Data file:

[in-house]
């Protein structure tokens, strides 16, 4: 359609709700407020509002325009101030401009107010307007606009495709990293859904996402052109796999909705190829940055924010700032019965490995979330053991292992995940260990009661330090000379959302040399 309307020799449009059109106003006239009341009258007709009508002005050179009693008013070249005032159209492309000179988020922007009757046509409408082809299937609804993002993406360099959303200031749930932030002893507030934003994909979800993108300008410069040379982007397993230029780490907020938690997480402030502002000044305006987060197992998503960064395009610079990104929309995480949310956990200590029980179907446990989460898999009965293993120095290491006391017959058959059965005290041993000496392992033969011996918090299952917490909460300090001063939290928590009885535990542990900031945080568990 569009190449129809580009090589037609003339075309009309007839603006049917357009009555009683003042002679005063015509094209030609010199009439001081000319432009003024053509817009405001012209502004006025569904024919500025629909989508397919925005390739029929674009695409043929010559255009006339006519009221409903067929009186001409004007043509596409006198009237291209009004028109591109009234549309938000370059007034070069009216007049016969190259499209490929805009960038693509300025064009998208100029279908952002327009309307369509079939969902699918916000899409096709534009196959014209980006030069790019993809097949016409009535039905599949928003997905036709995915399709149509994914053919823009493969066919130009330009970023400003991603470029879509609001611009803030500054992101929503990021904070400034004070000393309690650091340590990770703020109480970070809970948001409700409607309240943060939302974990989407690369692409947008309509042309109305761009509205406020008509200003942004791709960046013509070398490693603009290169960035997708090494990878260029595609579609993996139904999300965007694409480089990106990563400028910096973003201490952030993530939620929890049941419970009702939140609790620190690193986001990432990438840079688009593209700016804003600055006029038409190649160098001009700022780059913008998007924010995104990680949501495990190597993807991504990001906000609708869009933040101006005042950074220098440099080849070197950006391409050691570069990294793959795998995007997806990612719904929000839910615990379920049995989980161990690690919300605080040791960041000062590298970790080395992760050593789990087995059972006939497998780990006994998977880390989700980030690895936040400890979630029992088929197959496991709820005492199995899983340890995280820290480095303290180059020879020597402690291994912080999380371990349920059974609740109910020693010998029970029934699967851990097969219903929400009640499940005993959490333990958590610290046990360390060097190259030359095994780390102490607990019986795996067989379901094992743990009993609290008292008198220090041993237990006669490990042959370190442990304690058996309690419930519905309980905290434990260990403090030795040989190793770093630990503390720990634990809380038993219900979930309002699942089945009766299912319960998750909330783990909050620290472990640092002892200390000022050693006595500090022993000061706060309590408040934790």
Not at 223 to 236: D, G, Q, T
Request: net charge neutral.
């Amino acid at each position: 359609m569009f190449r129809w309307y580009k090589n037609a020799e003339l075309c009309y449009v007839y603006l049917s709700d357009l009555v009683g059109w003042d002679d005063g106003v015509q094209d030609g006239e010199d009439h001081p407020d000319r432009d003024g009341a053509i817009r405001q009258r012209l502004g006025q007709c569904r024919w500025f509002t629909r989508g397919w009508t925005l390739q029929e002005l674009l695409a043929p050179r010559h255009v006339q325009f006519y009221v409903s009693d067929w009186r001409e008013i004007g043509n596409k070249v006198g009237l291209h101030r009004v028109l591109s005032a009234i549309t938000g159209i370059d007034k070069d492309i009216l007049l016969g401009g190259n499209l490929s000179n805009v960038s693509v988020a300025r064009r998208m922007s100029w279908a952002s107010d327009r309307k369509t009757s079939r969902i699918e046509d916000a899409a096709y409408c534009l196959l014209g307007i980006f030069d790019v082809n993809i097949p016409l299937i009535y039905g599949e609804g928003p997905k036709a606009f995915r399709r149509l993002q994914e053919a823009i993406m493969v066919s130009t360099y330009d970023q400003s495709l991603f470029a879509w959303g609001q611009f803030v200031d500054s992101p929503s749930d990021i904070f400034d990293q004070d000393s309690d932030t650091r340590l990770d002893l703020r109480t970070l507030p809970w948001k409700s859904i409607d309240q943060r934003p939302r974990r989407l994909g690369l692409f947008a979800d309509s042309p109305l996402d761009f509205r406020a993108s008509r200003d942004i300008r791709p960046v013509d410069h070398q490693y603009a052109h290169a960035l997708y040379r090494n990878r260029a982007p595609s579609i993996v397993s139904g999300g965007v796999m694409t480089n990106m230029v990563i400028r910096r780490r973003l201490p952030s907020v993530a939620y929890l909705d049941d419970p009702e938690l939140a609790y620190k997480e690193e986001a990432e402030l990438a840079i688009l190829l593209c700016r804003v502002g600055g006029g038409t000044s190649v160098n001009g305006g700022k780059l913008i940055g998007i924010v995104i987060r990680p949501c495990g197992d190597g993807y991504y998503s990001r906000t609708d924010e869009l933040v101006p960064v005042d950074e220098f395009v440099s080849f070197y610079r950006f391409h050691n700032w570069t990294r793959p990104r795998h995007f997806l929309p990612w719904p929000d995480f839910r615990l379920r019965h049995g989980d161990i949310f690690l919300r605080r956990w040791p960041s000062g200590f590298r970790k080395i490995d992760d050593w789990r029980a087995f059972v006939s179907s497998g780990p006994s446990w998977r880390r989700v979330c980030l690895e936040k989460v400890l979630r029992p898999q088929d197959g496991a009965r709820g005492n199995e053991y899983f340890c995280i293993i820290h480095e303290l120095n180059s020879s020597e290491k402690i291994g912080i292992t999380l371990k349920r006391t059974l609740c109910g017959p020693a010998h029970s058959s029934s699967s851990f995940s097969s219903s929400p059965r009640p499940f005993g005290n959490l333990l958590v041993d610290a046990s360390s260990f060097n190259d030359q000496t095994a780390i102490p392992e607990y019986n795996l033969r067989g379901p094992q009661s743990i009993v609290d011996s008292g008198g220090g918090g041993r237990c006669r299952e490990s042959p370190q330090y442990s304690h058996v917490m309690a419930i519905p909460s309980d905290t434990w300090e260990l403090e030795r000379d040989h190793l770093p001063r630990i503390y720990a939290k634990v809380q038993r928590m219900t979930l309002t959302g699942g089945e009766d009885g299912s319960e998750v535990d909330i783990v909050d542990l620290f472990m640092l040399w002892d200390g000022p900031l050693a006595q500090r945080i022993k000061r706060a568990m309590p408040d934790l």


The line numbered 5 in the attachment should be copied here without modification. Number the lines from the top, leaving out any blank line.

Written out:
């Amino acid at each position: 359609m569009f190449r129809w309307y580009k090589n037609a020799e003339l075309c009309y449009v007839y603006l049917s709700d357009l009555v009683g059109w003042d002679d005063g106003v015509q094209d030609g006239e010199d009439h001081p407020d000319r432009d003024g009341a053509i817009r405001q009258r012209l502004g006025q007709c569904r024919w500025f509002t629909r989508g397919w009508t925005l390739q029929e002005l674009l695409a043929p050179r010559h255009v006339q325009f006519y009221v409903s009693d067929w009186r001409e008013i004007g043509n596409k070249v006198g009237l291209h101030r009004v028109l591109s005032a009234i549309t938000g159209i370059d007034k070069d492309i009216l007049l016969g401009g190259n499209l490929s000179n805009v960038s693509v988020a300025r064009r998208m922007s100029w279908a952002s107010d327009r309307k369509t009757s079939r969902i699918e046509d916000a899409a096709y409408c534009l196959l014209g307007i980006f030069d790019v082809n993809i097949p016409l299937i009535y039905g599949e609804g928003p997905k036709a606009f995915r399709r149509l993002q994914e053919a823009i993406m493969v066919s130009t360099y330009d970023q400003s495709l991603f470029a879509w959303g609001q611009f803030v200031d500054s992101p929503s749930d990021i904070f400034d990293q004070d000393s309690d932030t650091r340590l990770d002893l703020r109480t970070l507030p809970w948001k409700s859904i409607d309240q943060r934003p939302r974990r989407l994909g690369l692409f947008a979800d309509s042309p109305l996402d761009f509205r406020a993108s008509r200003d942004i300008r791709p960046v013509d410069h070398q490693y603009a052109h290169a960035l997708y040379r090494n990878r260029a982007p595609s579609i993996v397993s139904g999300g965007v796999m694409t480089n990106m230029v990563i400028r910096r780490r973003l201490p952030s907020v993530a939620y929890l909705d049941d419970p009702e938690l939140a609790y620190k997480e690193e986001a990432e402030l990438a840079i688009l190829l593209c700016r804003v502002g600055g006029g038409t000044s190649v160098n001009g305006g700022k780059l913008i940055g998007i924010v995104i987060r990680p949501c495990g197992d190597g993807y991504y998503s990001r906000t609708d924010e869009l933040v101006p960064v005042d950074e220098f395009v440099s080849f070197y610079r950006f391409h050691n700032w570069t990294r793959p990104r795998h995007f997806l929309p990612w719904p929000d995480f839910r615990l379920r019965h049995g989980d161990i949310f690690l919300r605080r956990w040791p960041s000062g200590f590298r970790k080395i490995d992760d050593w789990r029980a087995f059972v006939s179907s497998g780990p006994s446990w998977r880390r989700v979330c980030l690895e936040k989460v400890l979630r029992p898999q088929d197959g496991a009965r709820g005492n199995e053991y899983f340890c995280i293993i820290h480095e303290l120095n180059s020879s020597e290491k402690i291994g912080i292992t999380l371990k349920r006391t059974l609740c109910g017959p020693a010998h029970s058959s029934s699967s851990f995940s097969s219903s929400p059965r009640p499940f005993g005290n959490l333990l958590v041993d610290a046990s360390s260990f060097n190259d030359q000496t095994a780390i102490p392992e607990y019986n795996l033969r067989g379901p094992q009661s743990i009993v609290d011996s008292g008198g220090g918090g041993r237990c006669r299952e490990s042959p370190q330090y442990s304690h058996v917490m309690a419930i519905p909460s309980d905290t434990w300090e260990l403090e030795r000379d040989h190793l770093p001063r630990i503390y720990a939290k634990v809380q038993r928590m219900t979930l309002t959302g699942g089945e009766d009885g299912s319960e998750v535990d909330i783990v909050d542990l620290f472990m640092l040399w002892d200390g000022p900031l050693a006595q500090r945080i022993k000061r706060a568990m309590p408040d934790l």